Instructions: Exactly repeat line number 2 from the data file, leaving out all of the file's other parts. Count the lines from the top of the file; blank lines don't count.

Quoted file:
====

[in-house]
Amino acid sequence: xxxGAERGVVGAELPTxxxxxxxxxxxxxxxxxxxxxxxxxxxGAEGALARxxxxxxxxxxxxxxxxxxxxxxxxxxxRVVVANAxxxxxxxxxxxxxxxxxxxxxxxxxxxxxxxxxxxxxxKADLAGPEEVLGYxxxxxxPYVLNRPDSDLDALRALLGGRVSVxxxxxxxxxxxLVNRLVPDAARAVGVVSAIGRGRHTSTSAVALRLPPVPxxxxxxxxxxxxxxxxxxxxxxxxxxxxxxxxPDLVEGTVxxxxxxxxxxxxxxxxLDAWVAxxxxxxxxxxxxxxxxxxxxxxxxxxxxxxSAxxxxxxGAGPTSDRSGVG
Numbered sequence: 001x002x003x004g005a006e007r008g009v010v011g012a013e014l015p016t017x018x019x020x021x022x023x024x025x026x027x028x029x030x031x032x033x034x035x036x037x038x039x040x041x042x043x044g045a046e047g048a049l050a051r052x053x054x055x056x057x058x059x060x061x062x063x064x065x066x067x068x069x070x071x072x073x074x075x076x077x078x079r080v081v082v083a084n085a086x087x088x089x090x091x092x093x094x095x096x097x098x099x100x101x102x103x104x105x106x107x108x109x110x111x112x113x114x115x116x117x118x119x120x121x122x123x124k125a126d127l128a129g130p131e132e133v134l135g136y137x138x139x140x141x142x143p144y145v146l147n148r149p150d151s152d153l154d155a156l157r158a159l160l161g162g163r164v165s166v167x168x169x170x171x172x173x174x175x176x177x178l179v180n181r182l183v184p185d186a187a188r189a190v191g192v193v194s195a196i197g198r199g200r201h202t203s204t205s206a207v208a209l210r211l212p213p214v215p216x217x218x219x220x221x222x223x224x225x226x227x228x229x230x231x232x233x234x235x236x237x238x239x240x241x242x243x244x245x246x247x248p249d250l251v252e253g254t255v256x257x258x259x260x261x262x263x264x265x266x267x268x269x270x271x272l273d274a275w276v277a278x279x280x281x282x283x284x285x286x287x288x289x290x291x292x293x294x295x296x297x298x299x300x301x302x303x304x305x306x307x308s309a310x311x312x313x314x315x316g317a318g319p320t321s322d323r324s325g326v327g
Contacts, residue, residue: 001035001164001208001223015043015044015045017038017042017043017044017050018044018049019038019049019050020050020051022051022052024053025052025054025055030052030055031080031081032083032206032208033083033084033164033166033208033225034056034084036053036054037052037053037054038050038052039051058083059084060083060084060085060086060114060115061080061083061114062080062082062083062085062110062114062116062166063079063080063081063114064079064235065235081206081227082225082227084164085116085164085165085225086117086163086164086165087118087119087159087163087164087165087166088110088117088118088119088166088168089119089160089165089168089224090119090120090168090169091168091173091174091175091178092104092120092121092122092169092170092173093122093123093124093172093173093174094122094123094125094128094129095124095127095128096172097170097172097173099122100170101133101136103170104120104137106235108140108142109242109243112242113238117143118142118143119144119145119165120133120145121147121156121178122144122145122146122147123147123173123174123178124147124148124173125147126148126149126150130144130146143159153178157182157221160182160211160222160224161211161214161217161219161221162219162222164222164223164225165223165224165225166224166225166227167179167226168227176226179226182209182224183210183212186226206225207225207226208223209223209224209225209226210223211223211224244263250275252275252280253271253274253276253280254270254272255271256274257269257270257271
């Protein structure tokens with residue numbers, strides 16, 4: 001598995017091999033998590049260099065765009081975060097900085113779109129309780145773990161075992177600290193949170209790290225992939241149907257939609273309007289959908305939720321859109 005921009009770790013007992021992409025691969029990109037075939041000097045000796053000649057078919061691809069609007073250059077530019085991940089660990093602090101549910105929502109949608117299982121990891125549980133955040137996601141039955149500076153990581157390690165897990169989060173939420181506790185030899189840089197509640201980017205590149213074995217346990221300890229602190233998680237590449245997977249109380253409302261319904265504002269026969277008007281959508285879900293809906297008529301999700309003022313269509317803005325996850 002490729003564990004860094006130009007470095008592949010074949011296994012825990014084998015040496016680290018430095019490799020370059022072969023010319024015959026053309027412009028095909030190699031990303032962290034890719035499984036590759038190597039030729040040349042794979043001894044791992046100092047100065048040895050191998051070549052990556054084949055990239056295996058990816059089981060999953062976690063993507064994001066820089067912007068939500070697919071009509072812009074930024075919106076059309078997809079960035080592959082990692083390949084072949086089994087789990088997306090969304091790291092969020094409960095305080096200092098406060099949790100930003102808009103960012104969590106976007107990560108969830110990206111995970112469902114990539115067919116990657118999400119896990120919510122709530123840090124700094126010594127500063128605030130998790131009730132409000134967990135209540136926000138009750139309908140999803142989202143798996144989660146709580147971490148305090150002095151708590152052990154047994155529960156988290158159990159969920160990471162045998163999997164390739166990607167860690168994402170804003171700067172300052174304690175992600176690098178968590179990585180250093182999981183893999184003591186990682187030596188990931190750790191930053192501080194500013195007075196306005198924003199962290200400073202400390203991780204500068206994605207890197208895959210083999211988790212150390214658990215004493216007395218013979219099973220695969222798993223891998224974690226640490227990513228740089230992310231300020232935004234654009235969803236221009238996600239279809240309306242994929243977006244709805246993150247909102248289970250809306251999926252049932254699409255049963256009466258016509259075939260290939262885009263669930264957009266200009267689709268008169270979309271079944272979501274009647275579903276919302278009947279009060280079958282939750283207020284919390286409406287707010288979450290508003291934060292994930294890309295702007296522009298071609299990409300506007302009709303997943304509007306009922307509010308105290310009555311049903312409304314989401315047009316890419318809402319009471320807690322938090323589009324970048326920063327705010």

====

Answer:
Amino acid sequence: xxxGAERGVVGAELPTxxxxxxxxxxxxxxxxxxxxxxxxxxxGAEGALARxxxxxxxxxxxxxxxxxxxxxxxxxxxRVVVANAxxxxxxxxxxxxxxxxxxxxxxxxxxxxxxxxxxxxxxKADLAGPEEVLGYxxxxxxPYVLNRPDSDLDALRALLGGRVSVxxxxxxxxxxxLVNRLVPDAARAVGVVSAIGRGRHTSTSAVALRLPPVPxxxxxxxxxxxxxxxxxxxxxxxxxxxxxxxxPDLVEGTVxxxxxxxxxxxxxxxxLDAWVAxxxxxxxxxxxxxxxxxxxxxxxxxxxxxxSAxxxxxxGAGPTSDRSGVG